September 10, 2013

Phoenix is Making Way for Bicyclists

by: Paul Loomans


Today’s post is by guest writer Paul LoomansPaul was raised in a small town in Wisconsin and got his  MBA at UW-Madison.  He helped design new products for John Deere in the Midwest and then moved to Phoenix in 1998.  Paul is a LEED accredited marketing and development professional , with a focus on community and seniors.  He serves on the Administrative and Strategic Planning Committee and the Research and Legislative Committee of the Phoenix Spokes People, a bike advocacy organization. He is car-free, relying mostly on his bike and transit to get around town and he wants to help build a sustainable and vibrant Phoenix. 

You may not realize it, or perhaps you do – that Phoenix is in the midst of a cultural transformation of sorts – one that gives the bicycle greater visibility, safety, and access for all Phoenix residents and visitors.

About 2 years ago I made a fairly smooth transition from full-time motorist…to a car-light (Saturdays only) driver…to car-free bike enthusiast. Since then, I’ve had no second thoughts, and have discovered a bit of evangelistic zeal about biking. You might see me zipping up and down the new bike lanes on north Central Avenue, or rolling my 1968 Schwinn Collegiate on and off the light rail.  Often, the baskets on my bike might be filled with groceries or books. Biking is more than recreation to me, it is my chosen lifestyle.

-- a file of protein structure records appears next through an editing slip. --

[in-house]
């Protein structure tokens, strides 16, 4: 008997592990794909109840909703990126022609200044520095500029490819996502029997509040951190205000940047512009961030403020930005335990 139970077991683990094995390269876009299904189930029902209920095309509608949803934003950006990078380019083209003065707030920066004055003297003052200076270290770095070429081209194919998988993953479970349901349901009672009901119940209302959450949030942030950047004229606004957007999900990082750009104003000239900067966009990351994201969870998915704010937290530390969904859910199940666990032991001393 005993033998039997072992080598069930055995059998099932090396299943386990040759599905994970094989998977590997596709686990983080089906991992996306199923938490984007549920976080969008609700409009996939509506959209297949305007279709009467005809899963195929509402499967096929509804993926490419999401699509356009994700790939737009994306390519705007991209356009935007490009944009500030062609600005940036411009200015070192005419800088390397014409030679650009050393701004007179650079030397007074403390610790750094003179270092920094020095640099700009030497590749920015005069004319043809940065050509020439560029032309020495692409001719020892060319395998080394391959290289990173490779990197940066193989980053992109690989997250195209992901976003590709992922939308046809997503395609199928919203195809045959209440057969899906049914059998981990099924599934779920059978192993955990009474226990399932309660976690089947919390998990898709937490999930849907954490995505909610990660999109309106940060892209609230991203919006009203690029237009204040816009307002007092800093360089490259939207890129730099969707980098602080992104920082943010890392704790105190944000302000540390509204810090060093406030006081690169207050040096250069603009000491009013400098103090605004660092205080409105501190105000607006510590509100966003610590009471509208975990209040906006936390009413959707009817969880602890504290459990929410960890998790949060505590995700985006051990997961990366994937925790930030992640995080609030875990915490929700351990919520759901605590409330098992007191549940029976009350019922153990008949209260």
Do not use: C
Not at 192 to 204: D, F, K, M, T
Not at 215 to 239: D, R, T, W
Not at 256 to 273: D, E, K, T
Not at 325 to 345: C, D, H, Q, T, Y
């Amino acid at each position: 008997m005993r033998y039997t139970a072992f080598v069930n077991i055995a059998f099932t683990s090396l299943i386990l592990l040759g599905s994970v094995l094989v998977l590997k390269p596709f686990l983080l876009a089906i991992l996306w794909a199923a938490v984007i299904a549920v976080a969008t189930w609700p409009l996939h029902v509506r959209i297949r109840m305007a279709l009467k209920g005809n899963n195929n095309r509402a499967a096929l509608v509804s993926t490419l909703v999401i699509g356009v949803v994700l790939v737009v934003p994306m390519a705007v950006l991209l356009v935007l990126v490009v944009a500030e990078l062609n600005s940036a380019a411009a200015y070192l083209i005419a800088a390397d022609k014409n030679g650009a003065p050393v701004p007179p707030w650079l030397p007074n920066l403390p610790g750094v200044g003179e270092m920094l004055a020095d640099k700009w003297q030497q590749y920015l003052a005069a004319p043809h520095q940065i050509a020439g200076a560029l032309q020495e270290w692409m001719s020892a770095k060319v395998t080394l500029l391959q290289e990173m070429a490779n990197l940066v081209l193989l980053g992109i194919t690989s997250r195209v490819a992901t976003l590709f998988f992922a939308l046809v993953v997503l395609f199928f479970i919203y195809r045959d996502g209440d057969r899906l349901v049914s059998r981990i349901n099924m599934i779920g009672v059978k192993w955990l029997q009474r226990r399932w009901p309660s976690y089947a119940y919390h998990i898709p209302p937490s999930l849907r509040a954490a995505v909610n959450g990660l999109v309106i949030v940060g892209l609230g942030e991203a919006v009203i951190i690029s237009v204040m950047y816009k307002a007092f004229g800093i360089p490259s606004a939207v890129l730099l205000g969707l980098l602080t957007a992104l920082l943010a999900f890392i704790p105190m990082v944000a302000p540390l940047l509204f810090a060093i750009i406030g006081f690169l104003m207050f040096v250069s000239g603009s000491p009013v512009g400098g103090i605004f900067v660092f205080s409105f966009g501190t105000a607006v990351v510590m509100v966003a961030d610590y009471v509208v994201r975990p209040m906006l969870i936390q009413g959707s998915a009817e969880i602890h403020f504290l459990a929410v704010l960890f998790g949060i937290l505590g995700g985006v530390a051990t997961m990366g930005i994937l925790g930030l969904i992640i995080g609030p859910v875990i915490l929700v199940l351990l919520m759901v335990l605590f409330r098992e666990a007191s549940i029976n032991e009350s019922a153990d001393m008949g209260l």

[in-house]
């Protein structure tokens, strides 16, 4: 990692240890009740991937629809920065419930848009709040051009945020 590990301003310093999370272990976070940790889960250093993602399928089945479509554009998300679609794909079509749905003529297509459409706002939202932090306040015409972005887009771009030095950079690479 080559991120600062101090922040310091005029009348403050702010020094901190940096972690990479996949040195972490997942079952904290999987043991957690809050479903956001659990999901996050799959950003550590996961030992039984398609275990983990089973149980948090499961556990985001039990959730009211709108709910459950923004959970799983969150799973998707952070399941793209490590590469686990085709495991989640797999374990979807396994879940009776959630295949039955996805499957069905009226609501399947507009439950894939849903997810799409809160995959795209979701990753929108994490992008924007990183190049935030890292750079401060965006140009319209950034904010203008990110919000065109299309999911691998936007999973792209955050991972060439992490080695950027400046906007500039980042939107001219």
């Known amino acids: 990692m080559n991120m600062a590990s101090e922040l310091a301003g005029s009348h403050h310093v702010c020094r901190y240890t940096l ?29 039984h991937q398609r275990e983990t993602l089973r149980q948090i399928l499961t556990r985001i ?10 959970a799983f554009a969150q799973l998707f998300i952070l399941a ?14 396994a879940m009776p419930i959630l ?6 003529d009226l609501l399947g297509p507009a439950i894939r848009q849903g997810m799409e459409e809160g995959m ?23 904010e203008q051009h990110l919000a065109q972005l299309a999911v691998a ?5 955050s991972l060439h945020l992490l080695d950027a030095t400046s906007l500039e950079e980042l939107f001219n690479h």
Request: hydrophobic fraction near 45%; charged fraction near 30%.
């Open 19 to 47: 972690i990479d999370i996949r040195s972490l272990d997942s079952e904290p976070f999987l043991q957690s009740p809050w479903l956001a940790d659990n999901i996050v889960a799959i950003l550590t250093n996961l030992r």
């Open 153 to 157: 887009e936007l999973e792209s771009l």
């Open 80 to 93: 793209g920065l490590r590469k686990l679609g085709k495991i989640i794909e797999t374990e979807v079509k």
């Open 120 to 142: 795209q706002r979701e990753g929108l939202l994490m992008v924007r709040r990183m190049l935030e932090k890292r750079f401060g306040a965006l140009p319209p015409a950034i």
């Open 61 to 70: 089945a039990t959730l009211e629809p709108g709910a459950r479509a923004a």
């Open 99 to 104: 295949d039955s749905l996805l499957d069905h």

That’s why I am so excited about the ongoing and upcoming changes to the bike infrastructure and the bike culture in this city.

Like most impactful change, strong efforts have come from multiple directions. Mayor Greg Stanton’s emphasis on greater connectivity and sustainability in the Phoenix Master Planning process, and his focus on transit oriented development have been key factors. In this receptive environment, the grassroots voices of Phoenix bicyclists have been heard , and have effectively helped to raise awareness of bicycling initiatives as best practices to improve the fabric of our city.

I’m proud to belong to one such group, the Phoenix Spokes People, whose mission is “to inspire bicycling as an alternative form of transportation in Phoenix.” Thus far we’ve seen great success in our interactions with the city to make improvements in bike infrastructure, and look forward to playing an integral role in the culture change ahead. Our membership reflects the spectrum of casual to avid cyclists, including commuters — all working on our shared vision of greater access and improved infrastructure for people on bikes! Our membership has blossomed, and over 600 people now look to our group site for the latest news on biking in Phoenix!